Bonny Lakes


Forest Service Trail #1802

Why? A beautiful basin, with fine basalt and good views of Aneroid Mt.

Season: July through mid-October

Ease: Moderate. It’s 2 miles and 600 feet up from the Tenderfoot Wagon Road Trail to the lakes, another 2 ½ miles and 600 feet up to a pass and then 600 feet down from it to the East Fork Wallowa River Trail.

It’s easy to run into difficulty if you start to rank the Eagle Cap basins, and the reason is obvious once you hike the area – I’ve yet to see a truly ugly one. But I will go so far as to say that if I had to pick just one place to visit in the Wallowas, I’d choose Bonny Lakes.

The reasons are many. The basin is large relative to the size of the two lakes that sit within it. There’s plenty of meadow and marsh to show off a fine selection of wildflowers in season. I’ve seen monkshood, sego lily, asters, brook saxifrage, pink monkey flower, larkspur, several colors of buckwheat, pink wild onion and mallow, to name just a few.

The trees have arranged themselves in attractive groupings, some of them with the extra wide lower branches that indicate the height of the winter snow cover. There are rocky areas, including one especially large rock outcropping. Many are basalt, a rock I didn’t expect to see when I first hiked to Bonny. Finally, there are the higher surroundings: Aneroid Mountain and Pete’s Point on the ridge, and the pass over to the area between Aneroid Lake and Tenderfoot Pass.

Getting to Bonny Lakes is relatively easy as Eagle Cap lake trails go. Usually, the hike to the lakes starts at the Tenderfoot Trailhead and follows the Tenderfoot Wagon Road Trail for about 2 ½ miles, at which point the Bonny Lakes Trail is a right into the woods at the trail split.

The trail travels through the trees for most of its distance to the lakes, the exception being the last steep bit that’s just ahead of a fine rocky open flower field that’s just before the first lake. (Be sure to note the waterfall on the left right before you start the steep uphill.)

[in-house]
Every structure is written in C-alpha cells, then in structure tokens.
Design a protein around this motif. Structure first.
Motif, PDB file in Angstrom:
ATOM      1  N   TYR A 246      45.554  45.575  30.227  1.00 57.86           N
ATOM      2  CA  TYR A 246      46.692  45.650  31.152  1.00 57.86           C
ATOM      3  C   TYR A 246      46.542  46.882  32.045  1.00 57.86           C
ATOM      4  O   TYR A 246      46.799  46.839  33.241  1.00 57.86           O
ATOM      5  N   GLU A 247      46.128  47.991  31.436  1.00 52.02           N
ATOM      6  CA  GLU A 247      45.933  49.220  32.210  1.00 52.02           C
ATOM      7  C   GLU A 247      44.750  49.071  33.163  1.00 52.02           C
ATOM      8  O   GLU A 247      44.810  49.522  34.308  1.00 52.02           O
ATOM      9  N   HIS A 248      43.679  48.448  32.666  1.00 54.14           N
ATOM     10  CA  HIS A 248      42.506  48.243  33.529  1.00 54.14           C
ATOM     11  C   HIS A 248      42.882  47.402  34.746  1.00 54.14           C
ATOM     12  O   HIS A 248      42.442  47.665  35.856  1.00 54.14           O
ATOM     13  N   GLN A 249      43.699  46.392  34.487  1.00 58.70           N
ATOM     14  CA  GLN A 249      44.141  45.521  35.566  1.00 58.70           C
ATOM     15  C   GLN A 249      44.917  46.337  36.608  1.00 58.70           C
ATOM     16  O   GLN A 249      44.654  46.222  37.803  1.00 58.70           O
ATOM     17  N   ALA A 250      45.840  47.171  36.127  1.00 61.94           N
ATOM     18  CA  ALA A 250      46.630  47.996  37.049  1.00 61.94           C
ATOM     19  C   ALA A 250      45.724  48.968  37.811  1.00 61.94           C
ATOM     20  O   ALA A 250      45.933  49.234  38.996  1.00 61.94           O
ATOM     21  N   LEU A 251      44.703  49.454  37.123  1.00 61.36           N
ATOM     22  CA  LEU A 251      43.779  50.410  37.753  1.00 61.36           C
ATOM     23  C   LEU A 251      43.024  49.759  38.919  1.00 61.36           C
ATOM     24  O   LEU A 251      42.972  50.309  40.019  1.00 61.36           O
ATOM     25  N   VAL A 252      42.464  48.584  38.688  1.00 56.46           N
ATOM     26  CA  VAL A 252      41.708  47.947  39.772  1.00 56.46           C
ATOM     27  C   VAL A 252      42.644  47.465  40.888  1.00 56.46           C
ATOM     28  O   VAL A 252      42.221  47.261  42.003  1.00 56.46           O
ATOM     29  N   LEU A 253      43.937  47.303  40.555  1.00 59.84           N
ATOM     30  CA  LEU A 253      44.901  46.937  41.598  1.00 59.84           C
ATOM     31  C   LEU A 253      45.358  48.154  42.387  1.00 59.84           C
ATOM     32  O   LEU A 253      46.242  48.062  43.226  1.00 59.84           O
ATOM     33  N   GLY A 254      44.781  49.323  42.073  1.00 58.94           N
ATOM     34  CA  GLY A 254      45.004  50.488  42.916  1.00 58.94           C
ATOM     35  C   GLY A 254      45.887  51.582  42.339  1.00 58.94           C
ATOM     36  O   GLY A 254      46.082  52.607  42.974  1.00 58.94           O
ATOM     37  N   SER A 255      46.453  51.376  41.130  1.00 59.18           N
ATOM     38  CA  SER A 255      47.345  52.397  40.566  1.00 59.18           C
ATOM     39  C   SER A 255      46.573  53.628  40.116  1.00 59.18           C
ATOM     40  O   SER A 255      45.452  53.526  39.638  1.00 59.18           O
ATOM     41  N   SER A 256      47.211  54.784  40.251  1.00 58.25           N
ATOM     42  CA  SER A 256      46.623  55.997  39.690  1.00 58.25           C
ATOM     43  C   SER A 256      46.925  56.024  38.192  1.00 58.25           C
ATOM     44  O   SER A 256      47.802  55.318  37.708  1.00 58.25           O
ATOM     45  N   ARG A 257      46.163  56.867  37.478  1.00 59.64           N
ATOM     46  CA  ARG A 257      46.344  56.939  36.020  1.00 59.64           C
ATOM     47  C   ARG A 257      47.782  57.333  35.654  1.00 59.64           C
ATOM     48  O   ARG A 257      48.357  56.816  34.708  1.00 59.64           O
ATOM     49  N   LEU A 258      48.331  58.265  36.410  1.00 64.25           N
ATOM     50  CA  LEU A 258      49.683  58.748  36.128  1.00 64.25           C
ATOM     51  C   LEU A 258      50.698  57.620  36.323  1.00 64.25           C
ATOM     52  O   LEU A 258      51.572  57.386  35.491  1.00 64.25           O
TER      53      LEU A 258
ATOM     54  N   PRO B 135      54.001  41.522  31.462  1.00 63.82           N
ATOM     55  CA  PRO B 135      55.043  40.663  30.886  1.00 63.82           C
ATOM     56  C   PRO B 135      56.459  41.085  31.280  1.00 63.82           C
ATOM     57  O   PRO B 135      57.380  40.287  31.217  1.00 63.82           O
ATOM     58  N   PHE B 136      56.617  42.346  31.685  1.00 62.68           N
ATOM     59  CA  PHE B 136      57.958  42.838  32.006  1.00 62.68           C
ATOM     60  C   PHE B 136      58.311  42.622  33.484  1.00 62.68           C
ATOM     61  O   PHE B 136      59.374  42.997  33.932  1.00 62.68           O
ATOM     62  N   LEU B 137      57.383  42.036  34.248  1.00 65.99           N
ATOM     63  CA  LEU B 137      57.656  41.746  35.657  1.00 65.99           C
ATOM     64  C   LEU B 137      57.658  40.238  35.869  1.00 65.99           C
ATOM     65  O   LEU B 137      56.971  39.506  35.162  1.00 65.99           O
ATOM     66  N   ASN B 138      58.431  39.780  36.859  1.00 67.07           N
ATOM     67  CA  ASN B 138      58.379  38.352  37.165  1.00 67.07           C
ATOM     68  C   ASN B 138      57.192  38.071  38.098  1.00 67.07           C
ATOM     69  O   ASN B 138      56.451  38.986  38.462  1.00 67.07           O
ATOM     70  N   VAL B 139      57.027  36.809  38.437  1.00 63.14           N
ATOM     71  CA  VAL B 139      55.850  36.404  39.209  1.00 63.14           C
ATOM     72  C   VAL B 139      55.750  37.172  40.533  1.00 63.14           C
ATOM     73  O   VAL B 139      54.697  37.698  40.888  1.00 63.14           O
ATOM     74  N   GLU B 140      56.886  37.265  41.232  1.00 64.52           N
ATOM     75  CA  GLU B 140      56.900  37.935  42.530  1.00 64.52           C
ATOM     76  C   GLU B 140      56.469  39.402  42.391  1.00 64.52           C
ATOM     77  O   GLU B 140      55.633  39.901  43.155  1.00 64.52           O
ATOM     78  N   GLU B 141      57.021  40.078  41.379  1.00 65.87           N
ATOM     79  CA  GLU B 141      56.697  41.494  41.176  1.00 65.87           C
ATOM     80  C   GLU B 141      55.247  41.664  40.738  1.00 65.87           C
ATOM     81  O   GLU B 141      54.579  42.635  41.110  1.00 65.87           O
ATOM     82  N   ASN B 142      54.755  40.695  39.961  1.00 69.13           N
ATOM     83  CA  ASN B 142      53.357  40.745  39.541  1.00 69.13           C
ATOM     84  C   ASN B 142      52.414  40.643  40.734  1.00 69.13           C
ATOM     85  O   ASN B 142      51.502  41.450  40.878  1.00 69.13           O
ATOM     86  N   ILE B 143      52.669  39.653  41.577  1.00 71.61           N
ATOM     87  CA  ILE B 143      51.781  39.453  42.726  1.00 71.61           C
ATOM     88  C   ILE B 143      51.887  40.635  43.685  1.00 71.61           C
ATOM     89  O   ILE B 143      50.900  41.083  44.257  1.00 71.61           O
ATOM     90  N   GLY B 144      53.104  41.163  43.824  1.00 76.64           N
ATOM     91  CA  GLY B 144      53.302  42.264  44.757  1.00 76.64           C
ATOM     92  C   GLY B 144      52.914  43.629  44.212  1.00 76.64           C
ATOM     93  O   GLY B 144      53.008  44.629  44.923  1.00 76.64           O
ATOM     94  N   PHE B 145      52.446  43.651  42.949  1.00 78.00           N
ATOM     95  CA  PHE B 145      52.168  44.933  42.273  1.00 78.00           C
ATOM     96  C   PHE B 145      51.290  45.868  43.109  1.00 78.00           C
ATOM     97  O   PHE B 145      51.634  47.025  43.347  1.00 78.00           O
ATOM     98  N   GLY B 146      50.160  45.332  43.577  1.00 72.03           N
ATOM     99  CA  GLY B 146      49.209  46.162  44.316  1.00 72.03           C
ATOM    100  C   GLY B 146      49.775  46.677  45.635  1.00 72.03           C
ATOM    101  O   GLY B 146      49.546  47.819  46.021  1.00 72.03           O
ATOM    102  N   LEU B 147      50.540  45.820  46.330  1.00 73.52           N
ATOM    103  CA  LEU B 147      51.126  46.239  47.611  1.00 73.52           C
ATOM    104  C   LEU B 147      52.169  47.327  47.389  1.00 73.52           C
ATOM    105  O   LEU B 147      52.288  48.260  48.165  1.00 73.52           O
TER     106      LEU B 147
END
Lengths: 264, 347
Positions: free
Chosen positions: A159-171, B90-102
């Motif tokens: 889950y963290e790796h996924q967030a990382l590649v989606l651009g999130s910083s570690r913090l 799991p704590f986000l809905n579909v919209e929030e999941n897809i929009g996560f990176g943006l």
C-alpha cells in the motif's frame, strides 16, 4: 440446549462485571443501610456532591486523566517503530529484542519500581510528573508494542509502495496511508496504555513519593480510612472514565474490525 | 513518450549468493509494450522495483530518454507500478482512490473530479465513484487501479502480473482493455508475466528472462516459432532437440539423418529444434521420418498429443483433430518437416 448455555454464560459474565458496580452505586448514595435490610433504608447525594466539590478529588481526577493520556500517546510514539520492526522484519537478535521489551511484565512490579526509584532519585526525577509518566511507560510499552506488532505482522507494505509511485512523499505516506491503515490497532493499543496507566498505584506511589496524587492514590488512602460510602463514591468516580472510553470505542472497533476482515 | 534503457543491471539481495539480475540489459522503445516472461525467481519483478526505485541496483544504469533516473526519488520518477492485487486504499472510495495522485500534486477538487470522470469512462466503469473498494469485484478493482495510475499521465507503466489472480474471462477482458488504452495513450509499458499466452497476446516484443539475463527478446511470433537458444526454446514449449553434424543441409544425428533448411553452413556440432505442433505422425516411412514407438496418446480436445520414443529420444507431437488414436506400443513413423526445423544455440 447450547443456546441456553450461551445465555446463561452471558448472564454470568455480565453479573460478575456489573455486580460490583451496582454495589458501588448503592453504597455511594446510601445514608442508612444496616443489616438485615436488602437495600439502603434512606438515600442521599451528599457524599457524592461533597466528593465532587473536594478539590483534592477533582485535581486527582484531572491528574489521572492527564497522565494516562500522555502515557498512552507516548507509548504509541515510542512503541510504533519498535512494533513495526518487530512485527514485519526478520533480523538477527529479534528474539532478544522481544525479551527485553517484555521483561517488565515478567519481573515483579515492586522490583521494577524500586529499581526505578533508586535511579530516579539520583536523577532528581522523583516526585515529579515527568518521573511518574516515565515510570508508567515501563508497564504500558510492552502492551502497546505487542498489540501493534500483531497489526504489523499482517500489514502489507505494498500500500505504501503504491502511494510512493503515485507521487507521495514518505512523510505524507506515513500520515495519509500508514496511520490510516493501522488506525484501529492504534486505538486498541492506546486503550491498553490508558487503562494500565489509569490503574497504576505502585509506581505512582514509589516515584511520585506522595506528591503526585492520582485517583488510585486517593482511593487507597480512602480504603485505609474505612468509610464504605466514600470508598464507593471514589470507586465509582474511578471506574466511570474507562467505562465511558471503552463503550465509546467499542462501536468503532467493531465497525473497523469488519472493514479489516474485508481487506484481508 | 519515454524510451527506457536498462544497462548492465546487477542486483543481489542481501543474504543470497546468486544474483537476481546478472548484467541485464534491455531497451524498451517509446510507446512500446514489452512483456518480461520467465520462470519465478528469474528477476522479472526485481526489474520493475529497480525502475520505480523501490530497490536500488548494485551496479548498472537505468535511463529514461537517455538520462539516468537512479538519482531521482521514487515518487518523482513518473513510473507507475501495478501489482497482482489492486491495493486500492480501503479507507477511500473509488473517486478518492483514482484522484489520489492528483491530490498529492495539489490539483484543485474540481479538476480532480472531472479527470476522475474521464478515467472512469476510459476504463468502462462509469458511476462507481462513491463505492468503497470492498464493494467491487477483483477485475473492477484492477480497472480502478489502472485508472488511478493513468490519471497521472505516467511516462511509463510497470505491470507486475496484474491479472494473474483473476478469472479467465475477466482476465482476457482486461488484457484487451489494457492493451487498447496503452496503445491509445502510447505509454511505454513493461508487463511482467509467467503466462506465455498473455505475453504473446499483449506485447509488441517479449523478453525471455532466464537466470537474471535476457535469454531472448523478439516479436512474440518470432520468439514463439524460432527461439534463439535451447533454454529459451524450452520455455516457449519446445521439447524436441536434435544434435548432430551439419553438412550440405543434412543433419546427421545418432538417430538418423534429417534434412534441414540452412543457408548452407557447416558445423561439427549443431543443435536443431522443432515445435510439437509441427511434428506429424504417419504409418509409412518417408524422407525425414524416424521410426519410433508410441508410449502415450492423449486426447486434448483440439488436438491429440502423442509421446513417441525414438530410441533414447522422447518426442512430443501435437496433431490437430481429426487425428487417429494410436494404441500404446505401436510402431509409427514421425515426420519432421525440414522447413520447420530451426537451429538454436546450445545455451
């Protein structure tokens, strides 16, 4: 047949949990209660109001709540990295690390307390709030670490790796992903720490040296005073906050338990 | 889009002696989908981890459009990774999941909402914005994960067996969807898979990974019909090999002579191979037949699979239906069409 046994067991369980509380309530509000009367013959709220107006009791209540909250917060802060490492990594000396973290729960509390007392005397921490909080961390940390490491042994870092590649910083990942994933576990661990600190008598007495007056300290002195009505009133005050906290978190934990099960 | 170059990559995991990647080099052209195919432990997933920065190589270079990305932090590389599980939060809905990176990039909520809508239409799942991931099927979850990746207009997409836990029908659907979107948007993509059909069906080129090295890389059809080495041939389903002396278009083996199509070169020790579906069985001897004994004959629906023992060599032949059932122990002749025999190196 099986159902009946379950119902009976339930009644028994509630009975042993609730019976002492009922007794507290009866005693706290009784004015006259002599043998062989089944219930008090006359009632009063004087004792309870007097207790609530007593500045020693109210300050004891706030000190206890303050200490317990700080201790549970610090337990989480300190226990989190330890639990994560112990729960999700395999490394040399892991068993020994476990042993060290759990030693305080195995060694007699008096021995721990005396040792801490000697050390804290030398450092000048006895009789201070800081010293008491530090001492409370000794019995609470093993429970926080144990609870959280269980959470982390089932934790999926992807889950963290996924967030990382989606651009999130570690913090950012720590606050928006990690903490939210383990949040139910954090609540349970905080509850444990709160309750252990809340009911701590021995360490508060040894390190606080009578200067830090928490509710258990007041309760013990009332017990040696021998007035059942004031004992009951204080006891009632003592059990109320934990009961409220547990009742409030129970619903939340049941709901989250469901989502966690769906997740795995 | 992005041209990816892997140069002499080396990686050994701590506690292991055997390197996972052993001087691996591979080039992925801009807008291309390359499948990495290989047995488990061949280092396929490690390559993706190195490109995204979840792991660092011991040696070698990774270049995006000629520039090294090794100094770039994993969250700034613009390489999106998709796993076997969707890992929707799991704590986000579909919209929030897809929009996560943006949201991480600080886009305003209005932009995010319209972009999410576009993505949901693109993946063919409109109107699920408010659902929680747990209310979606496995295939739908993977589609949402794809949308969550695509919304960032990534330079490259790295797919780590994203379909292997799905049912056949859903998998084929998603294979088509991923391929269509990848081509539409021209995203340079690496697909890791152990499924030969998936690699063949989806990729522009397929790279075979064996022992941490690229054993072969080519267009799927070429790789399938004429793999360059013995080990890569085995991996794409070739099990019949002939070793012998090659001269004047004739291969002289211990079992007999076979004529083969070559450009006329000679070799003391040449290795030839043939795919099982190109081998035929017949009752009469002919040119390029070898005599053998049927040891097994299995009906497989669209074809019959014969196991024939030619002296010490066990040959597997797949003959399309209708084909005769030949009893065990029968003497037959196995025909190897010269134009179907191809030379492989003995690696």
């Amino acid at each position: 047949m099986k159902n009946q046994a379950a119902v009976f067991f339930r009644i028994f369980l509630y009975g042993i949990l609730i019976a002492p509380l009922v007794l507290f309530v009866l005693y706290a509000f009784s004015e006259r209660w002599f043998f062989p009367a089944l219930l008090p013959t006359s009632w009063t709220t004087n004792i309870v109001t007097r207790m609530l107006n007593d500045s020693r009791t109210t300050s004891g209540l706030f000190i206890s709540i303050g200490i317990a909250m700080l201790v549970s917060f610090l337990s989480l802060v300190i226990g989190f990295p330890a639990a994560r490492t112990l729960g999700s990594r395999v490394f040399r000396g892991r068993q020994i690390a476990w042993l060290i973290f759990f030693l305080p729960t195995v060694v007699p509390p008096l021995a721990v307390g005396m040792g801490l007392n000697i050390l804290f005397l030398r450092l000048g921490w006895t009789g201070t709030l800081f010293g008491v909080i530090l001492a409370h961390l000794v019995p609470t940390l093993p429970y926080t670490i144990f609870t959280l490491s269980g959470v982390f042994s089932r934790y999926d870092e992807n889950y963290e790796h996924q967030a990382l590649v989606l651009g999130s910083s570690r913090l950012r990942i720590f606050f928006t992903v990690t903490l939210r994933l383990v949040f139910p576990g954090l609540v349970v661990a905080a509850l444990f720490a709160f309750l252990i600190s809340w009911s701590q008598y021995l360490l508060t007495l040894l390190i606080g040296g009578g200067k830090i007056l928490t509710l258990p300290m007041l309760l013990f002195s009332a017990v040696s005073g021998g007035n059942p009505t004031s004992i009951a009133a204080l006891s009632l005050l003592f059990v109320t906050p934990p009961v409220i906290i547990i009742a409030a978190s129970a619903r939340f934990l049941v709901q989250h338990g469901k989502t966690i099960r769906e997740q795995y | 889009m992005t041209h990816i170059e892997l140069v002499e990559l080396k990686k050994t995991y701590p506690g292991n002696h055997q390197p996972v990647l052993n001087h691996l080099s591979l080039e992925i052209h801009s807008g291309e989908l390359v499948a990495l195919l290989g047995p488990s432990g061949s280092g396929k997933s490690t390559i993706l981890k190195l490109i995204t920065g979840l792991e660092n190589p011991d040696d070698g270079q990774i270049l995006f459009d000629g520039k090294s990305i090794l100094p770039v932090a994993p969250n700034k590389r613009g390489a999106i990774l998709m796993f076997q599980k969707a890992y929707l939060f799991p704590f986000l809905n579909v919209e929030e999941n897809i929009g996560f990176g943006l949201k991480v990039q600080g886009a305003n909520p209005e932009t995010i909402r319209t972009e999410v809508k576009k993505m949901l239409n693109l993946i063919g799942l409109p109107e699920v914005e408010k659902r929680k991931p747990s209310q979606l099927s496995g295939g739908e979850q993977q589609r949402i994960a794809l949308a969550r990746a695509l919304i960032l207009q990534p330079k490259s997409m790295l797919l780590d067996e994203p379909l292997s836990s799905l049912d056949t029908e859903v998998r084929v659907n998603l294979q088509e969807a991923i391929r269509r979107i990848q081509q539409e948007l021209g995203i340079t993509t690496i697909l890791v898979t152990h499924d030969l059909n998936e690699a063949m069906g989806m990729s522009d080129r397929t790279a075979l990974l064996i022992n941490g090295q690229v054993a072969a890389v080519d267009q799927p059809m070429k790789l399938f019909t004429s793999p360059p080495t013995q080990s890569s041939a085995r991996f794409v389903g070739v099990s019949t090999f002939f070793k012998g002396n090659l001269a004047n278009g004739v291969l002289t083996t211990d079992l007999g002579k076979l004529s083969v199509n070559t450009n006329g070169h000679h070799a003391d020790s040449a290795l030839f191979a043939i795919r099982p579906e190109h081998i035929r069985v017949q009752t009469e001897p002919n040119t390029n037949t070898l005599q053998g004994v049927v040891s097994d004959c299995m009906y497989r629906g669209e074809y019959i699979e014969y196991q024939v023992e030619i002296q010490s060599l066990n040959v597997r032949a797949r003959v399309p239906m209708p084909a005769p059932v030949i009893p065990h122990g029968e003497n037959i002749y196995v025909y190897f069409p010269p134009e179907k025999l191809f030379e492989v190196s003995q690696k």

There’s a well-used campsite at the south end of the first lake, though I think it’s too close to the water to use. I’ve camped on the rocky outcrop beyond and above that lake, and there are good camping spots at the second lake, which is almost hidden around to the right of the first.

The trail continues past the lakes and through the Bonny Lakes Basin. Above the lake and before the pass is where I’ve seen the best wildflowers. At the pass, it’s worth heading off trail to the flat high spot on the right on the Aneroid side in order to enjoy the views. But first, look behind you at the Bonny Lakes Basin in all its glory.

From the flat spot, you’re about as close to Aneroid Mountain as you can get without climbing it. Pete’s Point is to the west, a huge grey and brown rock with great swirly patterns. The ridge above Aneroid Lake is white and brown with zig zags and all kinds of other designs, some of them looking very three dimensional. The top is jagged in places, treed in others.

From the flat spot, it’s also an easy downhill to the junction with the East Fork Wallowa River Trail.

Note: One year I hiked the Tenderfoot Wagon Trail to the pass that’s above Bonny Lakes. The views of the basin from there were almost worth the effort it would take to get there from the lake side. (I came from the North Fork Imnaha, a much easier hike up.) In any case, the vantage point at that pass gave me a new view of the area from the trail divide up to the basin. It’s a lumpy, bumpy, basalt outcroppy area, much more interesting from above than is obvious when hiking through the area. The lakes themselves were almost hidden – in fact, we could see only part of one.

Directions: To reach the Tenderfoot Trailhead, drive 8 miles east out of Joseph on the Imnaha Highway, 350, then turn right on the Wallowa Mountain Loop Road, Road 39. Drive 12 miles and turn right on Road 100 and drive approximately 4 miles to its end and the trailhead. The Bonny Lakes Trail is about 2 ½ miles up the Tenderfoot Wagon Road Trail.

Information: U.S. Forest Service Wallowa Mountains Visitors Services, Joseph, OR, (541) 426-5546.

Maps: USGS Aneroid Mountain and Lick Creek, Oregon; Imus Geographics Wallowa Mountains, Eagle Cap Wilderness, Oregon.

Connections: Turn right at the East Fork Wallowa River Trail to head to Aneroid Lake, through a lovely wet meadow, up a small hill and then down to Aneroid. Head left for Tenderfoot Pass and the North Fork Imnaha or Polaris Pass.

You can hike out from Aneroid Lake, a relatively easy car shuttle, or do a longer hike and head to the North Fork Imnaha Trail or the McCully Basin Trail.